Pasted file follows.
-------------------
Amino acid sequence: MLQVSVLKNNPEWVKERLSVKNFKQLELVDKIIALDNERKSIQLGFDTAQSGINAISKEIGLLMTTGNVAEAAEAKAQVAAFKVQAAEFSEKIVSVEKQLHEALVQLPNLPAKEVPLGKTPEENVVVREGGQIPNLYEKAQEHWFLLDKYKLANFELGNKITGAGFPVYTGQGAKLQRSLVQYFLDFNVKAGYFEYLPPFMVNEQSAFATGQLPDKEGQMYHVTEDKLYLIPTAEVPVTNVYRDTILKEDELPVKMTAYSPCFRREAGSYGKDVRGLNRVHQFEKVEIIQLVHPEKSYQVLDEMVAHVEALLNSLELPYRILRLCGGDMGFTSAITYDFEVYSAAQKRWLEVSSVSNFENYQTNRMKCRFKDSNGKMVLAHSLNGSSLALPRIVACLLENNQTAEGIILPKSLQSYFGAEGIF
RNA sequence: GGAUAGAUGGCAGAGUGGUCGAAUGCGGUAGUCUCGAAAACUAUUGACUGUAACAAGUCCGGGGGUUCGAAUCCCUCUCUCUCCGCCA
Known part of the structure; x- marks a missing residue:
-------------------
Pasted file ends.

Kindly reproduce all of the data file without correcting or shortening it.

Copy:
Amino acid sequence: MLQVSVLKNNPEWVKERLSVKNFKQLELVDKIIALDNERKSIQLGFDTAQSGINAISKEIGLLMTTGNVAEAAEAKAQVAAFKVQAAEFSEKIVSVEKQLHEALVQLPNLPAKEVPLGKTPEENVVVREGGQIPNLYEKAQEHWFLLDKYKLANFELGNKITGAGFPVYTGQGAKLQRSLVQYFLDFNVKAGYFEYLPPFMVNEQSAFATGQLPDKEGQMYHVTEDKLYLIPTAEVPVTNVYRDTILKEDELPVKMTAYSPCFRREAGSYGKDVRGLNRVHQFEKVEIIQLVHPEKSYQVLDEMVAHVEALLNSLELPYRILRLCGGDMGFTSAITYDFEVYSAAQKRWLEVSSVSNFENYQTNRMKCRFKDSNGKMVLAHSLNGSSLALPRIVACLLENNQTAEGIILPKSLQSYFGAEGIF
RNA sequence: GGAUAGAUGGCAGAGUGGUCGAAUGCGGUAGUCUCGAAAACUAUUGACUGUAACAAGUCCGGGGGUUCGAAUCCCUCUCUCUCCGCCA
Known part of the structure; x- marks a missing residue: